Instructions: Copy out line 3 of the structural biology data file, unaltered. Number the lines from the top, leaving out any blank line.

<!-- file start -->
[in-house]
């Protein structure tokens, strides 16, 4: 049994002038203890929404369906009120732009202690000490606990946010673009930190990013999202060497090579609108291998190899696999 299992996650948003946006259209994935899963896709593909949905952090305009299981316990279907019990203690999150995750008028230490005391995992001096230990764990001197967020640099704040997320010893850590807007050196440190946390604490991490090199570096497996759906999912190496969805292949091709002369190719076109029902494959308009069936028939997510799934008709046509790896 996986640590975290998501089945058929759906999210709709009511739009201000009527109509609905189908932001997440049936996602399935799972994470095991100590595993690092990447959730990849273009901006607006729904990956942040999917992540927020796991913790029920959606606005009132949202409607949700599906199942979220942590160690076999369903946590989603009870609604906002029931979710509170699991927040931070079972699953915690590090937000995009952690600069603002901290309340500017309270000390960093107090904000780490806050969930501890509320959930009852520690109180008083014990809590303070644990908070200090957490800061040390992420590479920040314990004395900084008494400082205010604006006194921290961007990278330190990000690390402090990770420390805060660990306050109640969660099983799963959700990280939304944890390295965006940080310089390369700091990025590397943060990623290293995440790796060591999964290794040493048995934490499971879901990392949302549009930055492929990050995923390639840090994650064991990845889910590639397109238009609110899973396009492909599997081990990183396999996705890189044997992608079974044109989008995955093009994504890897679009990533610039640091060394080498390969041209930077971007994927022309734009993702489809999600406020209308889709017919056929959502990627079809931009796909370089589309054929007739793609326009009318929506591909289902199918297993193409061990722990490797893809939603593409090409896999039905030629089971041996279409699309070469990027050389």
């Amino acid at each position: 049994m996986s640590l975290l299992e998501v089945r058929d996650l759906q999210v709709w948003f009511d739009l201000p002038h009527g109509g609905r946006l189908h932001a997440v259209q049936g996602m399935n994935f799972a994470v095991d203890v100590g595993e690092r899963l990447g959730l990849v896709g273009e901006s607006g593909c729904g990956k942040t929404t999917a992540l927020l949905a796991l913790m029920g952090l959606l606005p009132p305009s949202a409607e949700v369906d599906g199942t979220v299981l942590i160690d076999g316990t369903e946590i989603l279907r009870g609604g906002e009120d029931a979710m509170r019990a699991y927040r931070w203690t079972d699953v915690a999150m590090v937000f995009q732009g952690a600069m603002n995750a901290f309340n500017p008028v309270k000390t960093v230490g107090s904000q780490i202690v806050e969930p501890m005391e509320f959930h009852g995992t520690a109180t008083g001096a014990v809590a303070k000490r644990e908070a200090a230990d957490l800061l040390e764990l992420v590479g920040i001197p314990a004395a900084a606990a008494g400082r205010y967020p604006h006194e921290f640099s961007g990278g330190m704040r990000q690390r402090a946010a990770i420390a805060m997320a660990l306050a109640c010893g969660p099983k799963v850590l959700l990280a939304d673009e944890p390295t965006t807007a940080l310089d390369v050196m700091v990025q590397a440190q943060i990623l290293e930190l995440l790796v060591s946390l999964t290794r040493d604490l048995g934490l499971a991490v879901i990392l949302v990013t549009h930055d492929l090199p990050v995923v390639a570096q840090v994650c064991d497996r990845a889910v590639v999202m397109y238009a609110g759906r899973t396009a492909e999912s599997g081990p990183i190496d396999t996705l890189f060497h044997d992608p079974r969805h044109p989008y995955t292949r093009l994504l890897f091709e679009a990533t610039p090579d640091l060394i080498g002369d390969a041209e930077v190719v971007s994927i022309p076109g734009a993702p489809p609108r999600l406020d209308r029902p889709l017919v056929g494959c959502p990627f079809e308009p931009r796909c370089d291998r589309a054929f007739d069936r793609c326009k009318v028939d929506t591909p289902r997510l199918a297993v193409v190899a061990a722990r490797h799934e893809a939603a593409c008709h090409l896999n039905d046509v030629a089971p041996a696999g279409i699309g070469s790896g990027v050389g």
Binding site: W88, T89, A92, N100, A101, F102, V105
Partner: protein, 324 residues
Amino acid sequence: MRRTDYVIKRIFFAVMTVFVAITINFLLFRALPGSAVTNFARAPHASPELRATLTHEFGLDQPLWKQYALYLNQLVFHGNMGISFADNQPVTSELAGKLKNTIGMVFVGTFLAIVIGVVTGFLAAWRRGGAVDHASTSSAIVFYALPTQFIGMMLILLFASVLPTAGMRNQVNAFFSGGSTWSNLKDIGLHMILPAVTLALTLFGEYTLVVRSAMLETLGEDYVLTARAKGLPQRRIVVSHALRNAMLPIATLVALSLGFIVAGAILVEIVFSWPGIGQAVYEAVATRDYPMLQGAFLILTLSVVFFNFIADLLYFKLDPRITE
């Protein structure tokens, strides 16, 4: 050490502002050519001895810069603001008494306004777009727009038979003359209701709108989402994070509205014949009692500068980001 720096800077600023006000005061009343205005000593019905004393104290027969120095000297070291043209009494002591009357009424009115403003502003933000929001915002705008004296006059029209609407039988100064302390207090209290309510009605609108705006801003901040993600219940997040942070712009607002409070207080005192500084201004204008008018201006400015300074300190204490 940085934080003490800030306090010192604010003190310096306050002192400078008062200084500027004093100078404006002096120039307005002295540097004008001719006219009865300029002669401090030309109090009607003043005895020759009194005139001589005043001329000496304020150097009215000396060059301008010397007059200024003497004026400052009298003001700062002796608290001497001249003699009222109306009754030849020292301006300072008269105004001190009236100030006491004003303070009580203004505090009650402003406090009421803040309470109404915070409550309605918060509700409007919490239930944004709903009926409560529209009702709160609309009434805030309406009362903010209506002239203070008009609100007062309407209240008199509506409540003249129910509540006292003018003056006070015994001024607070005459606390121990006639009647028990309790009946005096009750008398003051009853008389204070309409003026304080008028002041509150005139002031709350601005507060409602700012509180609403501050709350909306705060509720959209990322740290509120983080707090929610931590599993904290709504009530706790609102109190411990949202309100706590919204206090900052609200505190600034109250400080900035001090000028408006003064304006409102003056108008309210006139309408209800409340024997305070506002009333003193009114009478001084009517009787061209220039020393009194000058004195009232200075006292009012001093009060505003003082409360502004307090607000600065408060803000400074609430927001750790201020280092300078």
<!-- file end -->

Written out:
């Amino acid at each position: 049994m996986s640590l975290l299992e998501v089945r058929d996650l759906q999210v709709w948003f009511d739009l201000p002038h009527g109509g609905r946006l189908h932001a997440v259209q049936g996602m399935n994935f799972a994470v095991d203890v100590g595993e690092r899963l990447g959730l990849v896709g273009e901006s607006g593909c729904g990956k942040t929404t999917a992540l927020l949905a796991l913790m029920g952090l959606l606005p009132p305009s949202a409607e949700v369906d599906g199942t979220v299981l942590i160690d076999g316990t369903e946590i989603l279907r009870g609604g906002e009120d029931a979710m509170r019990a699991y927040r931070w203690t079972d699953v915690a999150m590090v937000f995009q732009g952690a600069m603002n995750a901290f309340n500017p008028v309270k000390t960093v230490g107090s904000q780490i202690v806050e969930p501890m005391e509320f959930h009852g995992t520690a109180t008083g001096a014990v809590a303070k000490r644990e908070a200090a230990d957490l800061l040390e764990l992420v590479g920040i001197p314990a004395a900084a606990a008494g400082r205010y967020p604006h006194e921290f640099s961007g990278g330190m704040r990000q690390r402090a946010a990770i420390a805060m997320a660990l306050a109640c010893g969660p099983k799963v850590l959700l990280a939304d673009e944890p390295t965006t807007a940080l310089d390369v050196m700091v990025q590397a440190q943060i990623l290293e930190l995440l790796v060591s946390l999964t290794r040493d604490l048995g934490l499971a991490v879901i990392l949302v990013t549009h930055d492929l090199p990050v995923v390639a570096q840090v994650c064991d497996r990845a889910v590639v999202m397109y238009a609110g759906r899973t396009a492909e999912s599997g081990p990183i190496d396999t996705l890189f060497h044997d992608p079974r969805h044109p989008y995955t292949r093009l994504l890897f091709e679009a990533t610039p090579d640091l060394i080498g002369d390969a041209e930077v190719v971007s994927i022309p076109g734009a993702p489809p609108r999600l406020d209308r029902p889709l017919v056929g494959c959502p990627f079809e308009p931009r796909c370089d291998r589309a054929f007739d069936r793609c326009k009318v028939d929506t591909p289902r997510l199918a297993v193409v190899a061990a722990r490797h799934e893809a939603a593409c008709h090409l896999n039905d046509v030629a089971p041996a696999g279409i699309g070469s790896g990027v050389g």